Within the garden walls at Stoneywell

STWS kitchen garden

Asparagus update time and I can hardly contain my excitement to tell you that out of three crowns we have an incredible three plants that look like they could well be asparagus. Whether they’ll appear in a barrow in the stable yard next year, who knows, but encouraging times. I’ll continue to keep you posted.

Meanwhile a faded Polar Bear in the garden can only mean one thing it’s August and the end of Rhododendron season at Stoneywell (there’s one called Polar Bear - it’s white).  While the asparagus keeps on giving, the rhododendrons are collectively having a well earned break before their likely return in maybe 4 months or so. The colours in the garden are more subtle this time of year, but there is a great variety of colourful hues, especially in combination of the Acers and the like, which are lovely and calming.

White rhododendron at Stoneywell
STWS white rhododendron

It is not just a bit of leaf colour on show though, as one of our new developments from our garden interpretation project will show next time you’re here.  We now have a cutting display table, still looking very colourful mainly with flowers, and hopefully with some accurate names attached to keep you informed as to what to look out for.  In the last two weeks we’ve had dainty harebells from the meadows, Inula Magnifica, the bluest hydrangeas you’ve ever seen, Lysimachia ‘Firecracker’ and Clethroides, Agapanthus and many more besides.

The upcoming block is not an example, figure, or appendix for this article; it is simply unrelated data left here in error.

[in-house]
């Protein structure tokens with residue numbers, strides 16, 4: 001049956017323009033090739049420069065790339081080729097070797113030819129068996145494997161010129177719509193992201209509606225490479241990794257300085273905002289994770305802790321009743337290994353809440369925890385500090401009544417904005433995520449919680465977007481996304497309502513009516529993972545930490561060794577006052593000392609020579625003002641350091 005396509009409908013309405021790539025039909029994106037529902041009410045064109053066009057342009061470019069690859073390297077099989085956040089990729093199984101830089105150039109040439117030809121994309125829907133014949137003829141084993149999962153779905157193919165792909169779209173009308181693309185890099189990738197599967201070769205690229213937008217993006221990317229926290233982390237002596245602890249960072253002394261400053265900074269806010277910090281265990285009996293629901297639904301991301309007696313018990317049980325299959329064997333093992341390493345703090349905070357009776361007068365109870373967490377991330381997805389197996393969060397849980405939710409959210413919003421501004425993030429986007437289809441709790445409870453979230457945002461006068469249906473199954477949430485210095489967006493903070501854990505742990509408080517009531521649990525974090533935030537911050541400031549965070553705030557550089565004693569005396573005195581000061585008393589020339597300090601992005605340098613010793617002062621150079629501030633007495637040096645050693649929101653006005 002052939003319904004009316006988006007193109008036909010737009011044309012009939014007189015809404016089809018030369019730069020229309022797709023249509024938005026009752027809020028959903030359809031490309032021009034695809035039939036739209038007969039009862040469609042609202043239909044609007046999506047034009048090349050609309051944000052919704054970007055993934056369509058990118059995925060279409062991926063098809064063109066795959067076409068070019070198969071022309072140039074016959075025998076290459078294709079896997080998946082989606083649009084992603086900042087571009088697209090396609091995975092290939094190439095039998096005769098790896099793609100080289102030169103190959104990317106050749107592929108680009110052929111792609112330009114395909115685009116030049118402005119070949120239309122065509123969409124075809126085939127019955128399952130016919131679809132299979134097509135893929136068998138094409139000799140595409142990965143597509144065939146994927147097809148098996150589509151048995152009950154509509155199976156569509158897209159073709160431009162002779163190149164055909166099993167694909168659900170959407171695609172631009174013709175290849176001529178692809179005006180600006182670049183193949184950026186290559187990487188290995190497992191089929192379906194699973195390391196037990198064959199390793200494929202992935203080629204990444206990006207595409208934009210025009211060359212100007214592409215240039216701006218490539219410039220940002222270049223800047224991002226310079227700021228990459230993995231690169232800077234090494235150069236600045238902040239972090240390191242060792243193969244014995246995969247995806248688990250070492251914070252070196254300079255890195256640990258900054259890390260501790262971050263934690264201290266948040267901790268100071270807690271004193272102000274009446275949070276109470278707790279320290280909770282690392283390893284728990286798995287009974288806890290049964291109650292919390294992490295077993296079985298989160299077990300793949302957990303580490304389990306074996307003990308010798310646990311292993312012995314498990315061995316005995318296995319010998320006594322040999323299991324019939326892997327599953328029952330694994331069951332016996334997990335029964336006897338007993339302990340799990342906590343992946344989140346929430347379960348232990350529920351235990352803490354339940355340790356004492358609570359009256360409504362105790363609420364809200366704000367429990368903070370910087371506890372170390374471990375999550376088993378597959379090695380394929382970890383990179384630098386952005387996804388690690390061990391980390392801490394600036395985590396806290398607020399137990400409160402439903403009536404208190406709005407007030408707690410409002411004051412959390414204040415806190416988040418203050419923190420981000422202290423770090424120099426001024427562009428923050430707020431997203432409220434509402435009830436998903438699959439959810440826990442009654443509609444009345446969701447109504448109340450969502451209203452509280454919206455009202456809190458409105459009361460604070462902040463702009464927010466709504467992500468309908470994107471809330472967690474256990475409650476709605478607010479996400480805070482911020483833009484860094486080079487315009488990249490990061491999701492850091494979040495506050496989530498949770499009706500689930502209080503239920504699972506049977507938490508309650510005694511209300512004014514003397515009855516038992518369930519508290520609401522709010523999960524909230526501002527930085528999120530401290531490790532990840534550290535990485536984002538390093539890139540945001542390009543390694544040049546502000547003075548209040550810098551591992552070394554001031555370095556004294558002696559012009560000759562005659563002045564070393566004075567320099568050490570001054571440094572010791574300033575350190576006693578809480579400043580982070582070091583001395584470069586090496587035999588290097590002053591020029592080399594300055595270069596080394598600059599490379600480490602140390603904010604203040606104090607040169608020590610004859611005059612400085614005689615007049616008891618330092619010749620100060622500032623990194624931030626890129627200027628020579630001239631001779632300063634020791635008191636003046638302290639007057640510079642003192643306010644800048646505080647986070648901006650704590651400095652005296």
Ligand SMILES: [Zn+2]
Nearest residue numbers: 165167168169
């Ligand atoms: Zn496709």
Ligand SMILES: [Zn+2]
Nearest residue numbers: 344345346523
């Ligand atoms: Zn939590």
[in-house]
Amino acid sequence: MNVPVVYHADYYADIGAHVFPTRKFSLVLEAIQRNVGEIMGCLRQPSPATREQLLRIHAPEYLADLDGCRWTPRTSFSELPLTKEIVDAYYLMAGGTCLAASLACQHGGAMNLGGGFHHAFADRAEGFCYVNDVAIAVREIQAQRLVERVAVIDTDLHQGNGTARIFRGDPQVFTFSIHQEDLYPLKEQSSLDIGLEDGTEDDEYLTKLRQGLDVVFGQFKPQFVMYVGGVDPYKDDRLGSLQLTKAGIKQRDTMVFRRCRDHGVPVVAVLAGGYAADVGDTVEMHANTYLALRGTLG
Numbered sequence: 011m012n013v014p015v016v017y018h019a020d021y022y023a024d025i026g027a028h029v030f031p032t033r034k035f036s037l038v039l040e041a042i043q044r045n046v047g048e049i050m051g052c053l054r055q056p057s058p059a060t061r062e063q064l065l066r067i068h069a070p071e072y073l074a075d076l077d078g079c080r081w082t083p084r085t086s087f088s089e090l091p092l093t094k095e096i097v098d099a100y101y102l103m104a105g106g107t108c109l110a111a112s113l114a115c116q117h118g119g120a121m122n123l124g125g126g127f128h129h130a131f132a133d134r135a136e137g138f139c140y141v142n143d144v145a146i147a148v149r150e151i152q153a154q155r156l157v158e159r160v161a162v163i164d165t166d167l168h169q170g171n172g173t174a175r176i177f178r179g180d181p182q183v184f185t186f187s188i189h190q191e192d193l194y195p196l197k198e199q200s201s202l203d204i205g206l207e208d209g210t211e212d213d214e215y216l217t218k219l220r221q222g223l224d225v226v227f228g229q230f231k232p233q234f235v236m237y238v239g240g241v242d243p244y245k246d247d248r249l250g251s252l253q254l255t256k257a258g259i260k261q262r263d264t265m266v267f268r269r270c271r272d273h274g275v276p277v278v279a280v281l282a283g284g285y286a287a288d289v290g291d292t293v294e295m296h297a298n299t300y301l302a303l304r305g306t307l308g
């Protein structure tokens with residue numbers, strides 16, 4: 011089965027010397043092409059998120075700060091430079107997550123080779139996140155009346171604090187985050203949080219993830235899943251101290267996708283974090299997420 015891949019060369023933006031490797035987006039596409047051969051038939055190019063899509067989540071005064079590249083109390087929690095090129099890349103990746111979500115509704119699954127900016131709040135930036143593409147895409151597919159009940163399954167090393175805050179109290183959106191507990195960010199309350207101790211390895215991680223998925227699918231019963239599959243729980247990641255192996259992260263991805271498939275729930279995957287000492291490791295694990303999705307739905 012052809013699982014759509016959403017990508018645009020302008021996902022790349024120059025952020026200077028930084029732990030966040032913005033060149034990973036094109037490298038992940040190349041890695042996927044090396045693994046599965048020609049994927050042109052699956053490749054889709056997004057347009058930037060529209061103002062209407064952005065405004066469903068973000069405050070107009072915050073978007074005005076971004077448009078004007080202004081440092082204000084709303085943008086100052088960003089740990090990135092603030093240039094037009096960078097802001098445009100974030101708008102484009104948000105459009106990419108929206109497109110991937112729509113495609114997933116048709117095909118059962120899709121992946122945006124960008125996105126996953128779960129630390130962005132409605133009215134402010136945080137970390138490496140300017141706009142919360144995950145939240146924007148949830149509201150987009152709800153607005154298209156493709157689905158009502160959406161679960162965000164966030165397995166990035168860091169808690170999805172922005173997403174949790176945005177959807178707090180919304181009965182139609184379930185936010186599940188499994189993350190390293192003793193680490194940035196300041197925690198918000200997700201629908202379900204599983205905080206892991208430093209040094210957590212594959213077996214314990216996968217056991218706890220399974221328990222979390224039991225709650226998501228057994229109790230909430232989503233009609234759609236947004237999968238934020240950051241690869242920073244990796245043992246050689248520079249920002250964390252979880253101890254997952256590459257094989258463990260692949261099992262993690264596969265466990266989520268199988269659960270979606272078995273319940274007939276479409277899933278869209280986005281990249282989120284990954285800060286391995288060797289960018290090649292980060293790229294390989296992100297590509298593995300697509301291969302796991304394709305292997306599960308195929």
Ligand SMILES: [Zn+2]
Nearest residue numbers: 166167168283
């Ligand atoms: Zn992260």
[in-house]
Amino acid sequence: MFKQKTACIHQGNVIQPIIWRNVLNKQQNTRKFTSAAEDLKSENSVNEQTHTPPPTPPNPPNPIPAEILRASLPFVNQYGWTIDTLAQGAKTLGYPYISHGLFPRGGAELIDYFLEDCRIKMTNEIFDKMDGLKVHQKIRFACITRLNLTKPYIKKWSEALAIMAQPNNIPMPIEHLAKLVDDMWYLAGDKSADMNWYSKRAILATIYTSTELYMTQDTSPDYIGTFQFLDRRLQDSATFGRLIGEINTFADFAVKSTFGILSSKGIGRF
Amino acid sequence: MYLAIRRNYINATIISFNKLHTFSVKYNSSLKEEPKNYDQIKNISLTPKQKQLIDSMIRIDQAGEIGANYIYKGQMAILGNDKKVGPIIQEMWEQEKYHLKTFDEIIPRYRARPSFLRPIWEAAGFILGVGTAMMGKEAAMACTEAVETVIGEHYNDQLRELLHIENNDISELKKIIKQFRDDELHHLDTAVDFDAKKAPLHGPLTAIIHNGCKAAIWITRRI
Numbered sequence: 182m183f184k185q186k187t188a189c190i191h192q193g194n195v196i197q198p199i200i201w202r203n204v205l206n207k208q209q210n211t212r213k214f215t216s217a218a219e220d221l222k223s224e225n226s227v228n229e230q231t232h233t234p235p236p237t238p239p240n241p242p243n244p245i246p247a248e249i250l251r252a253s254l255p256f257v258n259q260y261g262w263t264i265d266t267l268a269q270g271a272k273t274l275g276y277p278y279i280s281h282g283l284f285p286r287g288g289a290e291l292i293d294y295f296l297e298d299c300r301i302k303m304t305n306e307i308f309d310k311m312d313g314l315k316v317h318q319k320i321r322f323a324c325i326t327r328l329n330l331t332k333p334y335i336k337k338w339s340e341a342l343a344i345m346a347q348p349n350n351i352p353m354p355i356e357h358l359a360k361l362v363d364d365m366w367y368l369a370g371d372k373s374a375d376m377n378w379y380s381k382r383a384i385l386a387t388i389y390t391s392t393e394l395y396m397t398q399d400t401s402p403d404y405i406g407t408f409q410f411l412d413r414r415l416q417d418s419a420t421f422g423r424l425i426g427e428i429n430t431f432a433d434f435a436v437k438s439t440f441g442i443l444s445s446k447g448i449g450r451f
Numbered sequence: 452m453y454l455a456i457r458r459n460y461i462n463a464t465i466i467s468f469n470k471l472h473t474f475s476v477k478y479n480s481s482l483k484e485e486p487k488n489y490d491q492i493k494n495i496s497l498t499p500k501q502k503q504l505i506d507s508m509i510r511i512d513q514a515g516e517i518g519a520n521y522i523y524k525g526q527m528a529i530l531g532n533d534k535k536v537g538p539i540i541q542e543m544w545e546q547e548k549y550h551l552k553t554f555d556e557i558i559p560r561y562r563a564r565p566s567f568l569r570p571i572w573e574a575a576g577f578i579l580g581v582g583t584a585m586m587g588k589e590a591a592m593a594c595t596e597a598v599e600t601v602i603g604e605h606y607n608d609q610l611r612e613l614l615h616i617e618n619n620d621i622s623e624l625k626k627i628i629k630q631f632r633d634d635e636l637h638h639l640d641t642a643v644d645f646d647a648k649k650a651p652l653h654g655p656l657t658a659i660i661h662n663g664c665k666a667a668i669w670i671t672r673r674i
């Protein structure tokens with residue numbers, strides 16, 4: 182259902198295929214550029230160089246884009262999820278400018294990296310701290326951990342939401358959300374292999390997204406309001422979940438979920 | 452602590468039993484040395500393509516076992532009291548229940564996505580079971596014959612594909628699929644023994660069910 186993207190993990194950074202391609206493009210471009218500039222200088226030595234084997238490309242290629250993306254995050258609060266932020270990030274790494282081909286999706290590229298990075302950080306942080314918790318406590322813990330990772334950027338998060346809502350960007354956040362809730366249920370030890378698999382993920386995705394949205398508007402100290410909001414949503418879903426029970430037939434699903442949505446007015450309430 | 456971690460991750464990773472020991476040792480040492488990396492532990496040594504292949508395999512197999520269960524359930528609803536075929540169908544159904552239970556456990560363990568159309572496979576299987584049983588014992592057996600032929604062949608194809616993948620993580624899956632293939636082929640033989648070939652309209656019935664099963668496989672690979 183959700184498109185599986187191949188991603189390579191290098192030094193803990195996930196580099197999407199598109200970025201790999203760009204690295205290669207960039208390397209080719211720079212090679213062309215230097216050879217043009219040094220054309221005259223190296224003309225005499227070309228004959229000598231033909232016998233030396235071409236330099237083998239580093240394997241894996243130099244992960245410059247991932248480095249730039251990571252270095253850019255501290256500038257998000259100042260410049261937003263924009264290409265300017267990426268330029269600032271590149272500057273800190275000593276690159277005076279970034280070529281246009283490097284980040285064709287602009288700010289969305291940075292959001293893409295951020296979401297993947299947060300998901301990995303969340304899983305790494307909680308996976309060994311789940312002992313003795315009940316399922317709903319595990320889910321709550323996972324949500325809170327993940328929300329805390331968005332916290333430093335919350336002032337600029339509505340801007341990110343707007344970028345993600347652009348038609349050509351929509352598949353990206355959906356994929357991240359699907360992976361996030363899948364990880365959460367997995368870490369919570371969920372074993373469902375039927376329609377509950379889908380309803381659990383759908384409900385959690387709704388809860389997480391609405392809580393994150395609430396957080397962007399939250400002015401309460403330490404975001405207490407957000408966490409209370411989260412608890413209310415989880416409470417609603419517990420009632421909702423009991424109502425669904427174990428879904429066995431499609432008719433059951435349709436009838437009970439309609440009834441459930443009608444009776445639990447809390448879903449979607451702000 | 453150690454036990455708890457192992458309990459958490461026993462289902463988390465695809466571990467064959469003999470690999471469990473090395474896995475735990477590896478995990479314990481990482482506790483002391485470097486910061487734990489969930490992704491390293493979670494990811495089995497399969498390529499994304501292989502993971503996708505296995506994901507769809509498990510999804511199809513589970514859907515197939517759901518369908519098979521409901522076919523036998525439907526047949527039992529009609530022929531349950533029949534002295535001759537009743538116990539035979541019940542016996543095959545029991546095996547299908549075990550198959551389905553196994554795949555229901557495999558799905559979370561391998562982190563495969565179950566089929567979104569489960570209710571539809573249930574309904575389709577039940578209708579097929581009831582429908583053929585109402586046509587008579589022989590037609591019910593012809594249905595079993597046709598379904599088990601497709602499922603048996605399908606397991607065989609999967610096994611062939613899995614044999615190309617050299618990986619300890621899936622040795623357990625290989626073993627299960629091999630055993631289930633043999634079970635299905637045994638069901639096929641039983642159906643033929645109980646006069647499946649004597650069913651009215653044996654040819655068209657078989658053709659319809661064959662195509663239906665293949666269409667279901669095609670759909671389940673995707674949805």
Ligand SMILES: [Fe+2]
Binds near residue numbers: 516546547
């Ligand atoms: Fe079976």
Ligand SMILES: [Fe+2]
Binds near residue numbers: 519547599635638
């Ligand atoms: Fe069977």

Cuttings table at Stoneywell
STWS flower cuttings table

Another installation as part of our new garden interpretation work is that you will now also see a few ceramic stoneware plant labels on rhododendrons, lovingly handcrafted by Laura Baxter, the artist who we’ve worked closely with for the garden interpretation project.

At the moment as we’re in peak produce picking period from the kitchen garden; and we thank anyone for any donations made over the past couple of months.  We’ve seen a few more successes inside the walls this year compared to the last, which is always encouraging and I’m confident next year we’ll be even better off.  Of particular note, the globe artichokes have been a welcome and apparently “splendid” addition offering something a little different to the norm, as well as a striking appearance growing high above the rest.  Nice to know we’ll be seeing them again next year as well, being perennial.  Then there’s the beans!  Three different sorts, who even knew there were that many varieties??  I’ll most definitely be an advocate of the copper ring surround to keep out the slugs from now on; there can be no excuse for pellets surely?  You can expect a very blingy kitchen garden next year indeed, a bit more pricey but one application to last all year and to be used again and again and again  - definately a no brainer.

Copper snail defences at Stoneywell
STWS copper snail defence